May 25, 2024

Controversial Tag Play at the Plate

Cubs beat the Pirates as Joey Bart does not maintain possession of the ball

Controversial Tag Play at the Plate

The Cubs beat the Pirates 1-0 at Wrigley on May 18, 2024 in a game that ended in a controversial tag play at the plate in the bottom of the ninth. The play that was unsuccessfully challenged by Pirates manager Derek Shelton focused on the TAG rule, not the home plate collision rule.  Here is what happened as reported in part by Alex Stump. 

“With Cody Bellinger on second base and one out, Christopher Morel lined a base hit to center that looked like a winner off the bat, but Michael A. Taylor uncorked a strong throw home to make it close. Catcher Joey Bart cleanly caught the ball up the first-base line and appeared to make the tag on Bellinger’s leg before he reached home, but the ball was jarred free by Bellinger’s hand late in the slide and he was ruled safe.

“The Pirates challenged, arguing that Bart only lost the ball as he was presenting it to home-plate umpire Chris Conroy. The call was eventually confirmed…

‘My interpretation is Joey presented the ball,’ Shelton said. ‘There’s another runner on base, so he’s presenting the ball to show the umpire that he’s out. So, you see him secure, and you see tag and you see him take the ball out, and there’s contact with Bellinger. The way I see it, that’s voluntary that he’s taking the ball out and that it’s a tag.’

‘The tag was made in front of the plate,’ said a somber Bart. ‘Swept all the way around the back of the plate, pulling the ball out of my glove, show the umpire and he knocks it out of my hand. That’s basically what happened. It wasn’t like he knocked it out of my hand, and I was making a tag. I had full possession of that baseball. Like I said, they went and made the call, and it is what it is.’”

Ruleball Comments

  1. The Replay Official determined the runner touched the plate, but the catcher failed to maintain firm and secure possession of the ball throughout the tag. The call was CONFIRMED, and the runner is safe.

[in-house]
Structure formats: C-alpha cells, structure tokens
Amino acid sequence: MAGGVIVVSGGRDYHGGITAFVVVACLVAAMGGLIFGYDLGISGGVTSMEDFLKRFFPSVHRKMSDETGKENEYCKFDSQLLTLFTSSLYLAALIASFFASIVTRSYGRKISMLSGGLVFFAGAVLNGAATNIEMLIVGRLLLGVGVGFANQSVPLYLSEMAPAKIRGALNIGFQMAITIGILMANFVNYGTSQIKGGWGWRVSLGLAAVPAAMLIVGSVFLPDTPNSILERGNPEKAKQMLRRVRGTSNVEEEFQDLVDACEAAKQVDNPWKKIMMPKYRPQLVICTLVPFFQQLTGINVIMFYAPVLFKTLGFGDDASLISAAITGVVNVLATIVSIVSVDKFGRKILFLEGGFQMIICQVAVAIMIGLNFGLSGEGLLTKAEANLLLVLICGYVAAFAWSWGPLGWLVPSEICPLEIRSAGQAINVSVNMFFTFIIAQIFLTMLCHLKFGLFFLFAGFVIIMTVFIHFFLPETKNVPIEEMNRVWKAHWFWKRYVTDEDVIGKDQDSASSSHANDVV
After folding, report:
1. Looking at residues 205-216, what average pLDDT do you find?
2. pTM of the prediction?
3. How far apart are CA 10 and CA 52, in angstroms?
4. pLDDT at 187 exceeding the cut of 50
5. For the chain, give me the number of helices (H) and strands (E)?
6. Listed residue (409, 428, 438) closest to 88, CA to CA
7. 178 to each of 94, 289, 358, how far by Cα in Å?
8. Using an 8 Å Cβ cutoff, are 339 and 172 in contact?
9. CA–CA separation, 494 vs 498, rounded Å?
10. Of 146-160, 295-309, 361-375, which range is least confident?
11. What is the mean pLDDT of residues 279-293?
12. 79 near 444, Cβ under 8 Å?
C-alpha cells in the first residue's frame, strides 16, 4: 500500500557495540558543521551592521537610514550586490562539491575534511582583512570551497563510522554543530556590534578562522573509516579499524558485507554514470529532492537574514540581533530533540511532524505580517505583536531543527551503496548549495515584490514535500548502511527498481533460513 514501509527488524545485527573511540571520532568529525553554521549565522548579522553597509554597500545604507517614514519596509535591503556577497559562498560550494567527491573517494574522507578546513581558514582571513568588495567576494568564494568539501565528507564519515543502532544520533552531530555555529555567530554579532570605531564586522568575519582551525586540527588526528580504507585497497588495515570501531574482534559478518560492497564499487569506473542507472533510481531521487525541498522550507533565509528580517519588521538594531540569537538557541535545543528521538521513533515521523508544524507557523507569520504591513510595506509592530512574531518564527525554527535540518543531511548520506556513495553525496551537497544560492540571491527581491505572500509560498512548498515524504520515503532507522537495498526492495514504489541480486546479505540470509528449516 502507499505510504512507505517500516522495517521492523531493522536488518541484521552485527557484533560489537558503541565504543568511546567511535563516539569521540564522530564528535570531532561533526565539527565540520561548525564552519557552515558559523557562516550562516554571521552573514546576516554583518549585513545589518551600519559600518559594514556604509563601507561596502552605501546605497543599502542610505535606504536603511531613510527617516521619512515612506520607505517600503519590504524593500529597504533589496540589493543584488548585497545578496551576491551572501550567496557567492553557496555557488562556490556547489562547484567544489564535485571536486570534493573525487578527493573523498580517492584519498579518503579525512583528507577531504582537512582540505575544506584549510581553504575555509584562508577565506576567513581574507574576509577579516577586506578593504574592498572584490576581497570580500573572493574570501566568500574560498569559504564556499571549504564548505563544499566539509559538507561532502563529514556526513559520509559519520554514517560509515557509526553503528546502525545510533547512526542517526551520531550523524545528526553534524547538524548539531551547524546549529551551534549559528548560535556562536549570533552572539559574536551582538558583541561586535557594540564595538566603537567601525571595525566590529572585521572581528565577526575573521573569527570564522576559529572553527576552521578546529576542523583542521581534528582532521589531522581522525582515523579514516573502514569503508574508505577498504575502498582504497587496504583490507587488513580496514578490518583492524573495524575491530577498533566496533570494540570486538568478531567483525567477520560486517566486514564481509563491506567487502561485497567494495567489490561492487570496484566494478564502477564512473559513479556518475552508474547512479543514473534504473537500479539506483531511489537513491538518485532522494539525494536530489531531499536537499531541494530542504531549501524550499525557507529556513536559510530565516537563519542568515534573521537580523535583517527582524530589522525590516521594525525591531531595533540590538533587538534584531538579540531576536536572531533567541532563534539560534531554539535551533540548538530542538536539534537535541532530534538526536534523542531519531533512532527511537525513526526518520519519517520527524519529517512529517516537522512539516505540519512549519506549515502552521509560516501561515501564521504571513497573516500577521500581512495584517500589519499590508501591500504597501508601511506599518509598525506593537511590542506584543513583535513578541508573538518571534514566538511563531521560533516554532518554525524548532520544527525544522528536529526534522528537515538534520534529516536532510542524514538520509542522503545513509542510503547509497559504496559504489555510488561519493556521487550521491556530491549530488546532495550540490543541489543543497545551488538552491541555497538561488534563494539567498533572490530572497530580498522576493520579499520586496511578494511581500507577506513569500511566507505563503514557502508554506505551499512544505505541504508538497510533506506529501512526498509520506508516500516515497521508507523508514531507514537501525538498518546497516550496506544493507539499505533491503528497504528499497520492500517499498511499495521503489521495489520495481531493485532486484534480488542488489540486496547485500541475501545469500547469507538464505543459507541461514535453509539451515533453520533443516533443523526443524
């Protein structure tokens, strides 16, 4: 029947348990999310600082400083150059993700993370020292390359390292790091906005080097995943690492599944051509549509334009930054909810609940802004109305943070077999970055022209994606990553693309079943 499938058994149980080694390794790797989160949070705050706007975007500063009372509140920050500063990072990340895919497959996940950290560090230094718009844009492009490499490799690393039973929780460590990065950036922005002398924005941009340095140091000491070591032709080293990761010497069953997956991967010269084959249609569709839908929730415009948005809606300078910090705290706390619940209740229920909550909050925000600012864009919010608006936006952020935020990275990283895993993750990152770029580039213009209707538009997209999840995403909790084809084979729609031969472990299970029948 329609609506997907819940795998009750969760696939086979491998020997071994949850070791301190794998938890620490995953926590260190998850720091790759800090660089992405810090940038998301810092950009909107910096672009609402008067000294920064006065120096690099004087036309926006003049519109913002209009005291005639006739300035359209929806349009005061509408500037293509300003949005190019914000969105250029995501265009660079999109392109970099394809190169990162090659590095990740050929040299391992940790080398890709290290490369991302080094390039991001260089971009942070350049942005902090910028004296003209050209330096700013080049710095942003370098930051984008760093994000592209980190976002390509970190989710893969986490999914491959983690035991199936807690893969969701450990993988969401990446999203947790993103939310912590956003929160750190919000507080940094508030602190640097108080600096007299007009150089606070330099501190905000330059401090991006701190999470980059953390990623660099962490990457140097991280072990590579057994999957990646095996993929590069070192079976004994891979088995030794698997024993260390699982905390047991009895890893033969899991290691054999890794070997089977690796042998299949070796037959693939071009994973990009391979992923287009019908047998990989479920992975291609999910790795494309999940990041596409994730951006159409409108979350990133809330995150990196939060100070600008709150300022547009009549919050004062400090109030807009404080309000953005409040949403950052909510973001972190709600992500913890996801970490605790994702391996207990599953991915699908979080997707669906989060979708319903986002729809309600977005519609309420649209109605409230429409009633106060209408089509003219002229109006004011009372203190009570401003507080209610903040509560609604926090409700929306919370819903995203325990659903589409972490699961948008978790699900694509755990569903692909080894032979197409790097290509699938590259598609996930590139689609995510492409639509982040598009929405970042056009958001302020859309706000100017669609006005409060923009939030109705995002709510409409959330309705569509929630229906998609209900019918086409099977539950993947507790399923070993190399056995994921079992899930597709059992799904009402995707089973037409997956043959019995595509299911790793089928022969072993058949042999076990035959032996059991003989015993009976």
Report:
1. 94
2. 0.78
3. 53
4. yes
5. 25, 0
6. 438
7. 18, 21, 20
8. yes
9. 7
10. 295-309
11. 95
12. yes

2. There are arguments on both sides regarding the this play.
  3. Let’s take the argument that defends the “no tag” decision. It’s not a tag if the fielder in the act of making the tag does not hold the ball securely in his hand or glove and has secure possession throughout the tag. Also, if the fielder simultaneously or immediately following the touching of the runner drops the ball, it is not a legal tag. 
  4. Many years ago I saw a catcher attempt to tag a runner in a rundown between third and home. The catcher tagged the runner’s backside when he was chasing the runner back to third. It looked like a legal tag, but the catcher dropped the ball. Because he did not maintain possession throughout the tag, the runner returned to third base safely.
  5. Shelton and Bart argued that the tag was completed, and the catcher was showing the ball to the umpire when Bellinger knocked the ball out of his hand. If that’s what the umpire judged, then Bellinger should have been called out. But that was not the judgment of Conroy or the Replay Official. 
  6.  If Conroy determined that Bellinger intentionally knocked the ball out of Bart’s hand, he would be out. But that did not apply here.  The contact Bellinger made with his slide was, in my opinion, a normal baseball act.
  7. Umpiring such plays is not an exact science. Conroy and the Replay Official judged that possession of the ball was not maintained throughout the tag which I think is a stronger argument in this play. 
  8.  In such plays the umpire can only call what he sees and in real time it’s difficult to determine if Bart was presenting the ball to the umpire.